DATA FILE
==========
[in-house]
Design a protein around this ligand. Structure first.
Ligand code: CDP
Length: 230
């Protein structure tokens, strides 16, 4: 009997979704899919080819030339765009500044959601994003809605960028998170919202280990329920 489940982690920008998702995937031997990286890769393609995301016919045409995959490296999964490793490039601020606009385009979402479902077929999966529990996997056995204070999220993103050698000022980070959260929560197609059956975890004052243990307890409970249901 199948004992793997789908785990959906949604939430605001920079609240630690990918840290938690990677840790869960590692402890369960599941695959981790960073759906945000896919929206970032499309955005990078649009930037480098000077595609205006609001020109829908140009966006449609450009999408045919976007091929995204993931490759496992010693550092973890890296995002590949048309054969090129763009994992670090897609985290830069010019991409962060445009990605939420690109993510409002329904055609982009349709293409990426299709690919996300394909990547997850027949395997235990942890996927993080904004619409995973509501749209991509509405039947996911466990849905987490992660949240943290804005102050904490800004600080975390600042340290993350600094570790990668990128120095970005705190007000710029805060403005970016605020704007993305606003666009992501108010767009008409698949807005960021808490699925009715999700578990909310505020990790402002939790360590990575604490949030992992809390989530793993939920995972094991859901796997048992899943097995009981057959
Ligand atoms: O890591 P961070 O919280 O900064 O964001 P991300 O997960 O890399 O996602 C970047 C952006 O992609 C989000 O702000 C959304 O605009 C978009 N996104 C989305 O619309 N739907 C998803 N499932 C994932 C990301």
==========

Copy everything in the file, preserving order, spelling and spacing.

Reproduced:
[in-house]
Design a protein around this ligand. Structure first.
Ligand code: CDP
Length: 230
């Protein structure tokens, strides 16, 4: 009997979704899919080819030339765009500044959601994003809605960028998170919202280990329920 489940982690920008998702995937031997990286890769393609995301016919045409995959490296999964490793490039601020606009385009979402479902077929999966529990996997056995204070999220993103050698000022980070959260929560197609059956975890004052243990307890409970249901 199948004992793997789908785990959906949604939430605001920079609240630690990918840290938690990677840790869960590692402890369960599941695959981790960073759906945000896919929206970032499309955005990078649009930037480098000077595609205006609001020109829908140009966006449609450009999408045919976007091929995204993931490759496992010693550092973890890296995002590949048309054969090129763009994992670090897609985290830069010019991409962060445009990605939420690109993510409002329904055609982009349709293409990426299709690919996300394909990547997850027949395997235990942890996927993080904004619409995973509501749209991509509405039947996911466990849905987490992660949240943290804005102050904490800004600080975390600042340290993350600094570790990668990128120095970005705190007000710029805060403005970016605020704007993305606003666009992501108010767009008409698949807005960021808490699925009715999700578990909310505020990790402002939790360590990575604490949030992992809390989530793993939920995972094991859901796997048992899943097995009981057959
Ligand atoms: O890591 P961070 O919280 O900064 O964001 P991300 O997960 O890399 O996602 C970047 C952006 O992609 C989000 O702000 C959304 O605009 C978009 N996104 C989305 O619309 N739907 C998803 N499932 C994932 C990301």